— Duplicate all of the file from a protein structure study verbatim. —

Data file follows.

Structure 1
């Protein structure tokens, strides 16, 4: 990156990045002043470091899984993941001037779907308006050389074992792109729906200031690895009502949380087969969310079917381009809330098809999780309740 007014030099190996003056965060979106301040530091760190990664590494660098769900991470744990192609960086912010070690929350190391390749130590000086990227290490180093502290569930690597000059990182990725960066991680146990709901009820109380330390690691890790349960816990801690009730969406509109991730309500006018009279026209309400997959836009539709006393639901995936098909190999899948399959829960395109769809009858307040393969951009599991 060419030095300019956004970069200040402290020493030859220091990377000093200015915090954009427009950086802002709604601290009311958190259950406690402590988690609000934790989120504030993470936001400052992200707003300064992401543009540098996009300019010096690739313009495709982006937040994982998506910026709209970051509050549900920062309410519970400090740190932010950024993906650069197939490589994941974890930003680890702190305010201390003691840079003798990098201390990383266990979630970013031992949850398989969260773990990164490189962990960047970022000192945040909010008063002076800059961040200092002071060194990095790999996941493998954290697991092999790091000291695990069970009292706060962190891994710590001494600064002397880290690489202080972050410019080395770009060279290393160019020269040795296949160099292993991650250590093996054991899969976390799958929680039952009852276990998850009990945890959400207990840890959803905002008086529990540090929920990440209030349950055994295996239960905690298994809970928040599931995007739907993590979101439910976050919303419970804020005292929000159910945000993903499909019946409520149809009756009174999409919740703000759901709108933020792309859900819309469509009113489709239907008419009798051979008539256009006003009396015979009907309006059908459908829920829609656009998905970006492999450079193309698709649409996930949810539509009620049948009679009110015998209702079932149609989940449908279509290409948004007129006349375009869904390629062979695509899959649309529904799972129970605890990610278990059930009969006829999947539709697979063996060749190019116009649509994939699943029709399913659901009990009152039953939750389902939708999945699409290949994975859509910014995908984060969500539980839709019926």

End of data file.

Structure 1
């Protein structure tokens, strides 16, 4: 990156990045002043470091899984993941001037779907308006050389074992792109729906200031690895009502949380087969969310079917381009809330098809999780309740 007014030099190996003056965060979106301040530091760190990664590494660098769900991470744990192609960086912010070690929350190391390749130590000086990227290490180093502290569930690597000059990182990725960066991680146990709901009820109380330390690691890790349960816990801690009730969406509109991730309500006018009279026209309400997959836009539709006393639901995936098909190999899948399959829960395109769809009858307040393969951009599991 060419030095300019956004970069200040402290020493030859220091990377000093200015915090954009427009950086802002709604601290009311958190259950406690402590988690609000934790989120504030993470936001400052992200707003300064992401543009540098996009300019010096690739313009495709982006937040994982998506910026709209970051509050549900920062309410519970400090740190932010950024993906650069197939490589994941974890930003680890702190305010201390003691840079003798990098201390990383266990979630970013031992949850398989969260773990990164490189962990960047970022000192945040909010008063002076800059961040200092002071060194990095790999996941493998954290697991092999790091000291695990069970009292706060962190891994710590001494600064002397880290690489202080972050410019080395770009060279290393160019020269040795296949160099292993991650250590093996054991899969976390799958929680039952009852276990998850009990945890959400207990840890959803905002008086529990540090929920990440209030349950055994295996239960905690298994809970928040599931995007739907993590979101439910976050919303419970804020005292929000159910945000993903499909019946409520149809009756009174999409919740703000759901709108933020792309859900819309469509009113489709239907008419009798051979008539256009006003009396015979009907309006059908459908829920829609656009998905970006492999450079193309698709649409996930949810539509009620049948009679009110015998209702079932149609989940449908279509290409948004007129006349375009869904390629062979695509899959649309529904799972129970605890990610278990059930009969006829999947539709697979063996060749190019116009649509994939699943029709399913659901009990009152039953939750389902939708999945699409290949994975859509910014995908984060969500539980839709019926």